One of the typically chaotic situations produced in Carian both by the singularity of the alphabet and by the scarcity of the documentation available is the so-called “defective notation of vowels”: the fact that Carian writing tends to omit the notation of vocalic segments, and does so without any clear pattern and for no apparent reason. In this paper I will try to bring some order into the chaos. I will attempt to show that, in spite of appearances, the Carian words attested in the Memphis-Saqqâra subcorpus offer a very regular and not particularly complex syllable structure, and that the defective notation of vowels can be explained if one interprets these vowels as excrescent vowels, i.e. unstressed and very short vowels of fluctuating timbre that are inserted without affecting the syllable structure of the word. The situation is not so clear in the rest of the Carian documentation, but I will present a first approach in order to establish whether a similar pattern of syllable structures and spelling procedures is at work in other Carian subcorpora.
Based on Hittite evidence, this paper argues that the <u> of some Hittite words and toponyms in Old Assyrian transmission does not represent an Old Assyrian anaptyctic vowel as was suggested by J.G. Dercksen. Instead, it reflects a phonetic peculiarity of local Hittite, an allophone of /a/ under specific phonological conditions. Due to the verbs involved, the paper also includes a critical discussion of the phonetics of the stem vowel of Hittite verbs with ā/a-ablaut. It is suggested that these vowels were neither empty nor schwa as hypothesised by A. Kloekhorst, but real ā/a-vowels.
The deity Nikara(wa) of KARKAMIŠ A 6 §31 is not the Mesopotamian healing-goddess Ninkarrak as I. Gelb long ago suggested, but an Old Syrian deity, who is also mentioned in the Aramaic inscriptions of Kuttamuwa and in Sfire A. She was associated with dogs, for which reason she could be equated with the Sumerian healing goddesses Gula, Nin-Isina and others, but Nikara(wa)’s dogs were terrifying. KARKAMIŠ A 6 §31, the Kuttamuwa Stele and Sfire A thus do not attest the veneration of the Mesopotamian Ninkarrak, but rather the survival of a genuine Syrian deity.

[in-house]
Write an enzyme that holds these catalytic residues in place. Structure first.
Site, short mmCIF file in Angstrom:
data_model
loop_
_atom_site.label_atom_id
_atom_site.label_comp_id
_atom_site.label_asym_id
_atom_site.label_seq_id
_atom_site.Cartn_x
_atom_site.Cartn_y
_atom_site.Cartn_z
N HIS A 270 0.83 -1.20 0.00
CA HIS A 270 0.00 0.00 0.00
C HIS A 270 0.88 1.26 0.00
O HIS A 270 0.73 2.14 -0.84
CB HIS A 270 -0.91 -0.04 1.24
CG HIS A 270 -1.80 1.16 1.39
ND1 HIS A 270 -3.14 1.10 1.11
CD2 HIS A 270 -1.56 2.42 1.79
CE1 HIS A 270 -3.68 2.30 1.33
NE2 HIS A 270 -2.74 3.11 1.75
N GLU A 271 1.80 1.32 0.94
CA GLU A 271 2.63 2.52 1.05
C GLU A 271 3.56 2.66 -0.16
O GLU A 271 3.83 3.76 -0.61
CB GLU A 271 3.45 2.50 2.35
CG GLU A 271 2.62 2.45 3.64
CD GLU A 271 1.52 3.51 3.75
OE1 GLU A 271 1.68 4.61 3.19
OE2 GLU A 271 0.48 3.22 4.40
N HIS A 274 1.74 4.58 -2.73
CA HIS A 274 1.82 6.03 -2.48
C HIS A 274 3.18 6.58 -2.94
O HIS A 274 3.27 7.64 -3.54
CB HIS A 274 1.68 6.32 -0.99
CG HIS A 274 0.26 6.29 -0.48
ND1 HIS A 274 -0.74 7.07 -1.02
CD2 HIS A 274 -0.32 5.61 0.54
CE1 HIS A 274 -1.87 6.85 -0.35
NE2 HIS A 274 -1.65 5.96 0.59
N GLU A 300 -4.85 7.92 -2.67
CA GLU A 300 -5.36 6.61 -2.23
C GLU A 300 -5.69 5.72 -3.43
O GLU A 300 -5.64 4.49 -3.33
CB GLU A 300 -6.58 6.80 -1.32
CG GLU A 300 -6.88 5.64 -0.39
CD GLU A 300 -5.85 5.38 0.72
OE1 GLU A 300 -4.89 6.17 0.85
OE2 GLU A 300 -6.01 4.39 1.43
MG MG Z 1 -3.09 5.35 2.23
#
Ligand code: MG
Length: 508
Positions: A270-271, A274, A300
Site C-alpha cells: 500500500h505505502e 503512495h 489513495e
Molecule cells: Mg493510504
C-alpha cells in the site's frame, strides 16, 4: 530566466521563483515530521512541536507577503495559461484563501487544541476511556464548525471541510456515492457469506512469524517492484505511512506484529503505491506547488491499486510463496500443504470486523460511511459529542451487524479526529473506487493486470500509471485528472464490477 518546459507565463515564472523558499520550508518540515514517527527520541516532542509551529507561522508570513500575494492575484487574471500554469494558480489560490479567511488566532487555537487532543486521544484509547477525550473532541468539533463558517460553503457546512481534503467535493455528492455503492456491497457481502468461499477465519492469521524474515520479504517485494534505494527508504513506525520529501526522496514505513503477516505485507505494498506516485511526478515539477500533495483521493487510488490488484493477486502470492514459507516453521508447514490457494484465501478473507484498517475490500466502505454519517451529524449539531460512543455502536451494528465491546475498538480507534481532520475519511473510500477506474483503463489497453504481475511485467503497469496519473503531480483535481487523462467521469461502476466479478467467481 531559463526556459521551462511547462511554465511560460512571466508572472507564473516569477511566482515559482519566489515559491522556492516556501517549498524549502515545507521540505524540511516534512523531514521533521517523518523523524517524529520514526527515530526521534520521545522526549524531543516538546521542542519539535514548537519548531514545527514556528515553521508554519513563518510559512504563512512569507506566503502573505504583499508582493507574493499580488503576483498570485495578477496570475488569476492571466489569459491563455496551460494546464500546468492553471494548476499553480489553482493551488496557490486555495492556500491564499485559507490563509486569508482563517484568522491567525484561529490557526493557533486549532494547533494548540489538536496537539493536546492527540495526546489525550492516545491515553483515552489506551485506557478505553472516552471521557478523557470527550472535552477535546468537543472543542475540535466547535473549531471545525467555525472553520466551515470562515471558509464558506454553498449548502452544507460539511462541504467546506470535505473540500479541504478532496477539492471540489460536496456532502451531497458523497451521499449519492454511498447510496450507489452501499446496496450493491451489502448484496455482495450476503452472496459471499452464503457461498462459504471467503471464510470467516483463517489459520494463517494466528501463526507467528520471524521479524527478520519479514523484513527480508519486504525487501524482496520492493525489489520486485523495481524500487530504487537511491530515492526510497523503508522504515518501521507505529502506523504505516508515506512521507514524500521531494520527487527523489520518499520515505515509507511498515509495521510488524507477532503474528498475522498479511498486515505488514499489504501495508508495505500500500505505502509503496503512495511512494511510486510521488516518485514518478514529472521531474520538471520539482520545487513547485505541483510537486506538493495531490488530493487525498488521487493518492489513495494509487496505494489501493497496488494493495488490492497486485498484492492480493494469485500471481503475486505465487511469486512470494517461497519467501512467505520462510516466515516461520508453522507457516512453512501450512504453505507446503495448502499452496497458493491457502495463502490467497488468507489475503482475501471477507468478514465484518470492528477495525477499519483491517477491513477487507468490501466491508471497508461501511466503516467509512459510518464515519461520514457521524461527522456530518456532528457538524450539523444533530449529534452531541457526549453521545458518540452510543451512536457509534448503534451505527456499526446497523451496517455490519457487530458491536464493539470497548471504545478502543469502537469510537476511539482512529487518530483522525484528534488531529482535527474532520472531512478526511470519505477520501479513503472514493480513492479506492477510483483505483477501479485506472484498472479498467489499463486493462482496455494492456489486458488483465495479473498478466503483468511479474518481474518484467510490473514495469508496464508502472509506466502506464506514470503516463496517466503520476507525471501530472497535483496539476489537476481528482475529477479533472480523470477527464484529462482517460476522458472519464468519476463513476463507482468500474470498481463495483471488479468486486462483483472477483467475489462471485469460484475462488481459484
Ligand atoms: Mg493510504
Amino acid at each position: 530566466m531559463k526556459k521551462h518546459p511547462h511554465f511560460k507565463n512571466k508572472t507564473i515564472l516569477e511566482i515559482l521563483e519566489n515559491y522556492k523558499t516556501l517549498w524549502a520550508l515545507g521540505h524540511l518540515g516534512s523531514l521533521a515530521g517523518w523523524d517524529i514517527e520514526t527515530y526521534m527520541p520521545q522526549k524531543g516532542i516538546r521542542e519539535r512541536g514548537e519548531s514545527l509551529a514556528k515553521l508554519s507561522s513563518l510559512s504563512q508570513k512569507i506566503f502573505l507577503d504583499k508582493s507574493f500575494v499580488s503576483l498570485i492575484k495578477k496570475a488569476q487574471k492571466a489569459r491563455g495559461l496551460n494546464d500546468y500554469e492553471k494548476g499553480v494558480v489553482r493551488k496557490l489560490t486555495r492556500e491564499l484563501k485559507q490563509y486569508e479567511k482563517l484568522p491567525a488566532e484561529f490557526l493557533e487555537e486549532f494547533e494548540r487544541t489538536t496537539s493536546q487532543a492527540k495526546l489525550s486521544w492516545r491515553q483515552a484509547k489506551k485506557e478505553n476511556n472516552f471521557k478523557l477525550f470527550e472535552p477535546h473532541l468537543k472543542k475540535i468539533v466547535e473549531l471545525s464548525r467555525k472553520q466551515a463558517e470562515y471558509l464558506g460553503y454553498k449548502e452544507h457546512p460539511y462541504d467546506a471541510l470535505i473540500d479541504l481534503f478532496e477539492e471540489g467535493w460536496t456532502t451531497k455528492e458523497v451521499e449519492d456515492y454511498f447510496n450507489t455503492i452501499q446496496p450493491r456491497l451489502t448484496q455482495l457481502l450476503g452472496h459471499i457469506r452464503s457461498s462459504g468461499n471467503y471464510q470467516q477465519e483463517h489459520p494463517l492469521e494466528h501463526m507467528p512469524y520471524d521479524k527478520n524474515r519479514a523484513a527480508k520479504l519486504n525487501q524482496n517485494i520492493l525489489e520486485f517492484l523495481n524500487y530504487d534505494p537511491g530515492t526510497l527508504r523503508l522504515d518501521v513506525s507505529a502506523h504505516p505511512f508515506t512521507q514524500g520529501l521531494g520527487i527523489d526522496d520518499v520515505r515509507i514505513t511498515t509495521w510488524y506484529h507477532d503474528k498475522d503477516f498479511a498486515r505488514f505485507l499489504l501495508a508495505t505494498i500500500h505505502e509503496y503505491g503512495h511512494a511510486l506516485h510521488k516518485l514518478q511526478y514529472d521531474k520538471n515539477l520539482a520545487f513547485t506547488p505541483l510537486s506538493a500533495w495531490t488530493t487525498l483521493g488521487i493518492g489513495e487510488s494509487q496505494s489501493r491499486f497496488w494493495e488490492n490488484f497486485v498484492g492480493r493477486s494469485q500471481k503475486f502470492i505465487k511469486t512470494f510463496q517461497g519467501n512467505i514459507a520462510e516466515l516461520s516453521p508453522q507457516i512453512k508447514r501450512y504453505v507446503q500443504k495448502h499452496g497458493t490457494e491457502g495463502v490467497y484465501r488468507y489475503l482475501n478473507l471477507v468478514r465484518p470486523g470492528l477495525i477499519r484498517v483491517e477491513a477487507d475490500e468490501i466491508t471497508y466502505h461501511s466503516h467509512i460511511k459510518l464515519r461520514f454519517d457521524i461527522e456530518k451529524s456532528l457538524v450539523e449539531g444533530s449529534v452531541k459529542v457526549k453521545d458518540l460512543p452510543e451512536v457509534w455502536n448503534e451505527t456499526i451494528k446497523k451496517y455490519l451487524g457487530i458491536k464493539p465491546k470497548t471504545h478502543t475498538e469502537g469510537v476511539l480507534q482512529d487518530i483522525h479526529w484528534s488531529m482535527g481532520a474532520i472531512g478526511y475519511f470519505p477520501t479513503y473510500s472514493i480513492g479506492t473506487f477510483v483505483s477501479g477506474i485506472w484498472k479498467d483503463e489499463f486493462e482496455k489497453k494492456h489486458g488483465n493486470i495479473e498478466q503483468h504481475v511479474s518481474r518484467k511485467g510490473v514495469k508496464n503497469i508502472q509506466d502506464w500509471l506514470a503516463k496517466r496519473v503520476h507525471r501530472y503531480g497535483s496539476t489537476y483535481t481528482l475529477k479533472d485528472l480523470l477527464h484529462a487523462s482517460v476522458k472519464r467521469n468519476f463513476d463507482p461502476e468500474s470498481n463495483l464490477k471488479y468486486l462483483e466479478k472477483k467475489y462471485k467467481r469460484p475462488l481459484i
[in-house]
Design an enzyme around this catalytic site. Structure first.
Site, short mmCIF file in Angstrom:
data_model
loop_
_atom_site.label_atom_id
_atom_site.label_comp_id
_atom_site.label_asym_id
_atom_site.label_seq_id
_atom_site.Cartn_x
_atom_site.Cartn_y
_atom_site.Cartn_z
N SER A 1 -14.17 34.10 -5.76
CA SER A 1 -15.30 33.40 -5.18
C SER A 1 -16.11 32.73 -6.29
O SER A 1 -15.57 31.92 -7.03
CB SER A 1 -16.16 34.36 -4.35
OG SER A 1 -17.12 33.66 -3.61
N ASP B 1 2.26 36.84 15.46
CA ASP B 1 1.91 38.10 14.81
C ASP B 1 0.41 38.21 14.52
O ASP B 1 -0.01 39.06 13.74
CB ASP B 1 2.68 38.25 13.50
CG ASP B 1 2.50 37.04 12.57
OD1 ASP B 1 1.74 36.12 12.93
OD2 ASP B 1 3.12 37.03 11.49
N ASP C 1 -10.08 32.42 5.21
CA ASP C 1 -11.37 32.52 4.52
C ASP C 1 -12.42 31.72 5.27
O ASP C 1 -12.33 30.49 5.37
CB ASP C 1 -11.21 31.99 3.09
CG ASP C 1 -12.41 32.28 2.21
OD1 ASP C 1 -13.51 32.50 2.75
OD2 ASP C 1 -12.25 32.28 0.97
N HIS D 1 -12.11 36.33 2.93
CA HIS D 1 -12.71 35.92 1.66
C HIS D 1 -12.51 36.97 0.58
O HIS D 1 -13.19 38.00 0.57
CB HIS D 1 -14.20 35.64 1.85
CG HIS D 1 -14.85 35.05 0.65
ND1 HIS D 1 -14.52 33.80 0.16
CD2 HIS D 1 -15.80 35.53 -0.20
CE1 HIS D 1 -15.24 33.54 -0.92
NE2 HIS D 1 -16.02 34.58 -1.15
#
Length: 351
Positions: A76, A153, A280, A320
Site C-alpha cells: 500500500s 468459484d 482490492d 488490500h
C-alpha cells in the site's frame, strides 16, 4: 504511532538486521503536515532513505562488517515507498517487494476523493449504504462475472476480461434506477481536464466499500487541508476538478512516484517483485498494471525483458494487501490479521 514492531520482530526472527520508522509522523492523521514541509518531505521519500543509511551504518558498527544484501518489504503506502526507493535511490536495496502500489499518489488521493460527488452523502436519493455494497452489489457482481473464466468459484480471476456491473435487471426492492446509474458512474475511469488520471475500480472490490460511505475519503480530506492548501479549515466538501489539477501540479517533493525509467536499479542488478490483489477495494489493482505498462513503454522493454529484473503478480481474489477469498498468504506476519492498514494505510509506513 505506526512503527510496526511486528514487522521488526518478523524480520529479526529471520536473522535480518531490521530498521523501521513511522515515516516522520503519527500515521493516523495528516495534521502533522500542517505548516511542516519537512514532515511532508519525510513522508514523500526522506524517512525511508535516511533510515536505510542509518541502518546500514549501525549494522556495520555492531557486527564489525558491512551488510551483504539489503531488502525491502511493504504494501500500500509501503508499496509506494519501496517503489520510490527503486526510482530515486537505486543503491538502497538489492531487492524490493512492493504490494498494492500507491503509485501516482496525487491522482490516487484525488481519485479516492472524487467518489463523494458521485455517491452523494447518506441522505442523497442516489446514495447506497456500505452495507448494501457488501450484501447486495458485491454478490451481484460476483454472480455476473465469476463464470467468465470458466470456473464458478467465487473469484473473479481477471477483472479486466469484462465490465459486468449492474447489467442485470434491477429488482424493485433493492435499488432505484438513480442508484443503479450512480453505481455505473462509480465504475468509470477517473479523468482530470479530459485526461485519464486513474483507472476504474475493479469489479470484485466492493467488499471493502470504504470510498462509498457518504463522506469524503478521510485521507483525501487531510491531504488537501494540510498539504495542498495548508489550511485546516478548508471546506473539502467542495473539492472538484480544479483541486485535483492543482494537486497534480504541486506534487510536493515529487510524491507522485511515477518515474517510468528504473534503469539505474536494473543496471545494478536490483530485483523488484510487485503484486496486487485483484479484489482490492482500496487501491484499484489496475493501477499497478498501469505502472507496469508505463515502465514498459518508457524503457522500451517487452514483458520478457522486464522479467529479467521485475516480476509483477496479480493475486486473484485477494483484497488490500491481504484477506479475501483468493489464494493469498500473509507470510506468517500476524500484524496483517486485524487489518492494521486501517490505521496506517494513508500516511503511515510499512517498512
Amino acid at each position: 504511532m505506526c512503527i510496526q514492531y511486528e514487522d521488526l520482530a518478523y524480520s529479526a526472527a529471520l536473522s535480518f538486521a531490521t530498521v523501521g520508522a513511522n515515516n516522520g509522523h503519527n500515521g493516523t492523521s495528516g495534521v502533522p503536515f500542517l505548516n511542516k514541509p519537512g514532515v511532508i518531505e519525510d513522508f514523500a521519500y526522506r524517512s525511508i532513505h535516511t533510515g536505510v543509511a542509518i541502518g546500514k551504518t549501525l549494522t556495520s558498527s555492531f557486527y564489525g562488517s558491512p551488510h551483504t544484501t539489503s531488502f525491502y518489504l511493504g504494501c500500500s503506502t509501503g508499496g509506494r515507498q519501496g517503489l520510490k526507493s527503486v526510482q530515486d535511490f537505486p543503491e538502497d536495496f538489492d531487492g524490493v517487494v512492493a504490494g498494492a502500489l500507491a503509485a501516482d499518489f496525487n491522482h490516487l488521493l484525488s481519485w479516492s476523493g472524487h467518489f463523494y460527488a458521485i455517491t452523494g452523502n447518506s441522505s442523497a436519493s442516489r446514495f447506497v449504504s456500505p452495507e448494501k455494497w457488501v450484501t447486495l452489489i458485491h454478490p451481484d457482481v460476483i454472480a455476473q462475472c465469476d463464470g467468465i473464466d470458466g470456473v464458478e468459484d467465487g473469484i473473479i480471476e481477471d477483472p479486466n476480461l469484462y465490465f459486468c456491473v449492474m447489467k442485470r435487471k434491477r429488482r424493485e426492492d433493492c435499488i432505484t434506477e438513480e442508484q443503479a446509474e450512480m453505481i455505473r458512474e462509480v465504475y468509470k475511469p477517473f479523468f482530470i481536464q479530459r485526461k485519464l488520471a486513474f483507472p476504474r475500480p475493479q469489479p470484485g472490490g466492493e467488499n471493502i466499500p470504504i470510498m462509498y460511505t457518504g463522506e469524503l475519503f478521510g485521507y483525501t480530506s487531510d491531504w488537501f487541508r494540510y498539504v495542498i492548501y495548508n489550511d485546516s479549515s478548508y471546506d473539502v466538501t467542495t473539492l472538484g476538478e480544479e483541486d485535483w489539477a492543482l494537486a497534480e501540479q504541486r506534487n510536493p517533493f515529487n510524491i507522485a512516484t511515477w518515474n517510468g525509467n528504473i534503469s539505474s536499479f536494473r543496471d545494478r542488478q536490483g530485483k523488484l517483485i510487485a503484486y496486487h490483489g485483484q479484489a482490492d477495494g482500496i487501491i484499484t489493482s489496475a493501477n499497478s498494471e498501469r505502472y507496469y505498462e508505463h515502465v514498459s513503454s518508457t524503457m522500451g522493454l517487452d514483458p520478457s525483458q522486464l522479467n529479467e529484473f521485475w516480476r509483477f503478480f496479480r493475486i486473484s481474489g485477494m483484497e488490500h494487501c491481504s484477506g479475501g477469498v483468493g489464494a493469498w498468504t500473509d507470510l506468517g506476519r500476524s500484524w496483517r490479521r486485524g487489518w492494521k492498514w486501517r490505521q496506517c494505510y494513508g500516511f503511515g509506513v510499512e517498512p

The Hittite myth of the disappearance of the god Telipinu (CTH 324) is one particular expression, and the most fully attested, of the genre of the disappearing god in Hittite tradition. In many of its structural details, the myth of Telipinu’s disappearance parallels strikingly a widespread Indo-European mythic tradition (with ritual underpinnings), being especially similar to the tradition of the disappearance of Indra following his slaying of the dragon Vṛtra. In the several Indo-European cultures that attest the tradition—Indo-Iranian, Italic, Celtic, even Greek—the myth is concerned with the functional absence of a powerful warrior after a combat episode in which the warrior prevails against his enemy but is then overwhelmed by trauma; in his traumatized state, the warrior turns his rage against his own society or physically removes himself from society: either way, he becomes a dysfunctional warrior. In the case of the Hittite myth, however, the disappearance of the god appears to be bound up with the rhythm of the vegetative cycle. The myth of the disappearance of Telipinu presents itself as a reflex of a transplanted Indo-European myth that has experienced synthesis with local southwest Asian traditions. Particularly significant in this regard is its apparent engagement with and influence upon a Syrian storm-god tradition.